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Editorial Reviews (from Amazon)
Everything Bad Is Good For You By Steven Johnson
From Publishers Weekly
Worried about how much time your children spend playing video games? Don’t be, advises Johnson – not only are they learning valuable problem-solving skills, they’d probably do better on an IQ test than you or your parents could at their age. Go ahead and let them watch more television, too, since even reality shows can function as “elaborately staged group psychology experiments” to stimulate rather than pacify the brain. With the same winning combination of personal revelation and friendly scientific explanation he displayed in last year’s Mind Wide Open, Johnson shatters the conventional wisdom about pop culture as pabulum, showing how video games, television shows and movies have become increasingly complex. Furthermore, he says, consumers are drawn specifically to those products that require the most mental engagement, from small children who can’t get enough of their favorite Disney DVDs to adults who find new layers of meaning with each repeated viewing of Seinfeld. Johnson lays out a strong case that what we do for fun is just as educational in its way as what we study in the classroom (although it’s still worthwhile to encourage good reading habits, too). There’s an important message here for every parent – one they should hear from the source before savvy kids (especially teens) try to take advantage of it. Agent, Lydia Wills at Paradigm. (May)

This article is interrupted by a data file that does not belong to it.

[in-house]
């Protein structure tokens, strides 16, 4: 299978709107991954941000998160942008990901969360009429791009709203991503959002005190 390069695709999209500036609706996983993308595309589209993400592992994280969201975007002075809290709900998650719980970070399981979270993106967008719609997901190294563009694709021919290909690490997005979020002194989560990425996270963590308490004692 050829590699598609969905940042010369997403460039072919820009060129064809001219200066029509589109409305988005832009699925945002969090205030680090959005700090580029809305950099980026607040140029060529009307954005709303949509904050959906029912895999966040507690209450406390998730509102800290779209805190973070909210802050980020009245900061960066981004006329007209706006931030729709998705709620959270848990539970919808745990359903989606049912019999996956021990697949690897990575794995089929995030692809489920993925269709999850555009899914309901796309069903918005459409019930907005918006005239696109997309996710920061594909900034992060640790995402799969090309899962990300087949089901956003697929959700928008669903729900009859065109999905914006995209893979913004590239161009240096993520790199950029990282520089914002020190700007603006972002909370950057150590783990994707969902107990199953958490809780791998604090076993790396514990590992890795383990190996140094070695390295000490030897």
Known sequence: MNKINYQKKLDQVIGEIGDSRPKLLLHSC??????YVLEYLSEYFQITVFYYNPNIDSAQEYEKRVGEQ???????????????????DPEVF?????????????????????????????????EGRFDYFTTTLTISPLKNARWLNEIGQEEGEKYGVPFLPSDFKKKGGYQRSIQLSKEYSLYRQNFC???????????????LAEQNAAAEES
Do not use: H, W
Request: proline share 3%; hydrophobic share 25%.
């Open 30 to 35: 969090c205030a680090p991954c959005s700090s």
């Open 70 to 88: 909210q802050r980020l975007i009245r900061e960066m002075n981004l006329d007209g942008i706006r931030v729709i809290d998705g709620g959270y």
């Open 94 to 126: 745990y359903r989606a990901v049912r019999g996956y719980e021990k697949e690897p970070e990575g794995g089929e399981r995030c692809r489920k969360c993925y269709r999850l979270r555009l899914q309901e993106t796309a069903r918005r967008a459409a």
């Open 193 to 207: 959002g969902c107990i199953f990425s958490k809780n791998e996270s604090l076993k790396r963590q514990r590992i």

Copyright © Reed Business Information, a division of Reed Elsevier Inc. All rights reserved
From the Computer Science and Telecommunications Board, National Research Council, National Academies of Science
Dick Thornburgh and Herbert Lin, editors
Excerpt. © Reprinted by permission. All rights reserved.
The Internet is both a source of promise for our children and a source of concern. The promise is that the Internet offers such an enormous range of positive and educational experiences and materials for our children. Yet children online may be vulnerable to harm through exposure to sexually explicit materials, adult predators, and peddlers of hate. If the full educational potential of the Internet is to be realized for children, these concerns must be addressed.